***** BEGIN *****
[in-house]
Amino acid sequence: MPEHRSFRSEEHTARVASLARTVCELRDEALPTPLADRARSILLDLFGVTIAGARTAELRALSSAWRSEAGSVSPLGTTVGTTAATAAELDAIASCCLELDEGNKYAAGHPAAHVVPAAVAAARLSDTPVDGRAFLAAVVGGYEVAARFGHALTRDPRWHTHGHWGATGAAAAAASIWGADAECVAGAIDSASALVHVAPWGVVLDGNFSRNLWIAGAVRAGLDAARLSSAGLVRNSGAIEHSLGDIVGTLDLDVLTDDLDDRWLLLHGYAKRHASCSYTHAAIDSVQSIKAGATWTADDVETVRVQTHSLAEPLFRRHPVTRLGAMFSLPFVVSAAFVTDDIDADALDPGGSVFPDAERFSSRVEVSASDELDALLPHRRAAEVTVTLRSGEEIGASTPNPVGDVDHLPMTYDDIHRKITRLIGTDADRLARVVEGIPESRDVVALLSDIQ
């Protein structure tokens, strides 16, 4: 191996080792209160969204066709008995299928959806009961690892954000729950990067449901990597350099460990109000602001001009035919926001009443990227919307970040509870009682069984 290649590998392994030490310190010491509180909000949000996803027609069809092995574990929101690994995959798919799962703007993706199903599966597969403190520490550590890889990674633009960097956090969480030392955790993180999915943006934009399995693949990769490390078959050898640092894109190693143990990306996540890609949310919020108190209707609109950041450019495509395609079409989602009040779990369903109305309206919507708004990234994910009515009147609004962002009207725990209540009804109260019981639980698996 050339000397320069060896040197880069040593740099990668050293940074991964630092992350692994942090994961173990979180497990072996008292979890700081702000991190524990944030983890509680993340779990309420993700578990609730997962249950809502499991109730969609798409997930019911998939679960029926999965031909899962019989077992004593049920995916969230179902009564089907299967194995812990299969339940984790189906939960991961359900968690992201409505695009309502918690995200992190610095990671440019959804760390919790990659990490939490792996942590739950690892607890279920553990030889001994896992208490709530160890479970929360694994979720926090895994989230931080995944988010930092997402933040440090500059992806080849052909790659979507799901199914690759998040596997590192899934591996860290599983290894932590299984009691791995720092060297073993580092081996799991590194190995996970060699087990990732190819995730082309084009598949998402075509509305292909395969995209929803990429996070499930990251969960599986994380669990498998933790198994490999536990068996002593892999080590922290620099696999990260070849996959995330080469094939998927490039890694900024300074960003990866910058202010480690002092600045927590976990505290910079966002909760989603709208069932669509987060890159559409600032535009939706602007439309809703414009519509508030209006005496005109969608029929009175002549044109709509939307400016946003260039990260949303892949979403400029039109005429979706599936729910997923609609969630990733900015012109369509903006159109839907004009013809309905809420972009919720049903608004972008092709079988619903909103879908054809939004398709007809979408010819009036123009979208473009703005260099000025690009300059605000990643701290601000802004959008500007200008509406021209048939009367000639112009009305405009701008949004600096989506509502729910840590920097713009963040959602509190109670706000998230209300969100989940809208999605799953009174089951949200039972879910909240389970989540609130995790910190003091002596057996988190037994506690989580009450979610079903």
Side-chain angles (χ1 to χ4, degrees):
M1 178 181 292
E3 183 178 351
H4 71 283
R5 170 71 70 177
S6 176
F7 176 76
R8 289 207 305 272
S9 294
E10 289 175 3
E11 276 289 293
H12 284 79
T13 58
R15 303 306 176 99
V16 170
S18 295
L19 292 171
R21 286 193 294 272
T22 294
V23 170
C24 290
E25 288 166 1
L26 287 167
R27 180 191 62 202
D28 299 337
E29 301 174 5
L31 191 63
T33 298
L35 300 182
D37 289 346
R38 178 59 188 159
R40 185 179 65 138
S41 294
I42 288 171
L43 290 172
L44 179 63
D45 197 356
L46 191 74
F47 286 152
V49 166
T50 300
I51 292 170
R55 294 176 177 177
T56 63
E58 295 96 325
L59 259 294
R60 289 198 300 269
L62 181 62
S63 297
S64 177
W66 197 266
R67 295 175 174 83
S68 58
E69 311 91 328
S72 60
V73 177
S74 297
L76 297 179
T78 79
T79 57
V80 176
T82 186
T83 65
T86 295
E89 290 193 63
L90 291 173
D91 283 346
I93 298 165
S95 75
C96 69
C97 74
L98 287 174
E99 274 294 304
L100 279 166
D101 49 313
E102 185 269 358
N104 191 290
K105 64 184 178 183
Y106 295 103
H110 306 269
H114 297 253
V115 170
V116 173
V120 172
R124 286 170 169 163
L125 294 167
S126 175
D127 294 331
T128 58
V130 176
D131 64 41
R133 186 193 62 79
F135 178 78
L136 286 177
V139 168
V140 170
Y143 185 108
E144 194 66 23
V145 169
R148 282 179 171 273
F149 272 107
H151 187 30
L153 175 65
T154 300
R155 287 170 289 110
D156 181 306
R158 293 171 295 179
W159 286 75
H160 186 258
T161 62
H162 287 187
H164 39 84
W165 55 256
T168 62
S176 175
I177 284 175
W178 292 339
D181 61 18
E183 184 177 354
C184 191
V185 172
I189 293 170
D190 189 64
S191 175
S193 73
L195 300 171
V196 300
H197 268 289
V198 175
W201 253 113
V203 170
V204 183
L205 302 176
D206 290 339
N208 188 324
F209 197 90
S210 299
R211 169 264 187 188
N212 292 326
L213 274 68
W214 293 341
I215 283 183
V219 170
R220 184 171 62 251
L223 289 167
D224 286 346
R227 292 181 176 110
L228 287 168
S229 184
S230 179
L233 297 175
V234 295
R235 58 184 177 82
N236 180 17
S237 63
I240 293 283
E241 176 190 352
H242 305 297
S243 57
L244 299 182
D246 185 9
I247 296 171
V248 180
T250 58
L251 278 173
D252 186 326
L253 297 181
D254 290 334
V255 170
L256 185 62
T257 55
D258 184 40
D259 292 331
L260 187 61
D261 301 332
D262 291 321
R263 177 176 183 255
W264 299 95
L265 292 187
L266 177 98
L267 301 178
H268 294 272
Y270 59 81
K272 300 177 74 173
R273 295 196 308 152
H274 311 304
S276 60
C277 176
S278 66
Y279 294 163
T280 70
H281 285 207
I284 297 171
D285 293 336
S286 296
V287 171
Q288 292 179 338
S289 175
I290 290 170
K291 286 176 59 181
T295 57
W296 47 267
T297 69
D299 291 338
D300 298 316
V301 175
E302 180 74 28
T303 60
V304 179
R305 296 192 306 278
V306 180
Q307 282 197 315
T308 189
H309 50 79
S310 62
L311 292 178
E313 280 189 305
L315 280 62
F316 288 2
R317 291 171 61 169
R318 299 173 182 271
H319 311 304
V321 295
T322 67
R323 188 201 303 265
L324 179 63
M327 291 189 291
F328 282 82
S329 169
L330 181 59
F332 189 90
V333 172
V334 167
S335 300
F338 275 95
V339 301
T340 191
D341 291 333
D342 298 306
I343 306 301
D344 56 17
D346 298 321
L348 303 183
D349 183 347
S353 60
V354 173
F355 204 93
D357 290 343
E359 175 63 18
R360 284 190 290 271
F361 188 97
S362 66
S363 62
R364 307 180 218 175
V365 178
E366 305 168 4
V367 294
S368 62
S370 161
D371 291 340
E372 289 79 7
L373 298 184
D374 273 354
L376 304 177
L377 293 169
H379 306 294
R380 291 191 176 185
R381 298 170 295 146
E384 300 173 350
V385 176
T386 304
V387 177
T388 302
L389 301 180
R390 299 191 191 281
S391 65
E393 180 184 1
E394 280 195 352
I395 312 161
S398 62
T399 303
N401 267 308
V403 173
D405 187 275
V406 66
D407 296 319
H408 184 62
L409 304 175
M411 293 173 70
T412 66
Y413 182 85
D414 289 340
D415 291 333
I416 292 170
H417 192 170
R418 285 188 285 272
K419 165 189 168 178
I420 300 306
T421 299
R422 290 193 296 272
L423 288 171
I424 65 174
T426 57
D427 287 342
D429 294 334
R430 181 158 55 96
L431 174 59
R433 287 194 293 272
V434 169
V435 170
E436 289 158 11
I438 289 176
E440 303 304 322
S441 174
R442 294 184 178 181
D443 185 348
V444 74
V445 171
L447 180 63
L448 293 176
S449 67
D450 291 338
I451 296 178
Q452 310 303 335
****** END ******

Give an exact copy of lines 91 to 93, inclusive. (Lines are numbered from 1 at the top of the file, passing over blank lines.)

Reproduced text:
D127 294 331
T128 58
V130 176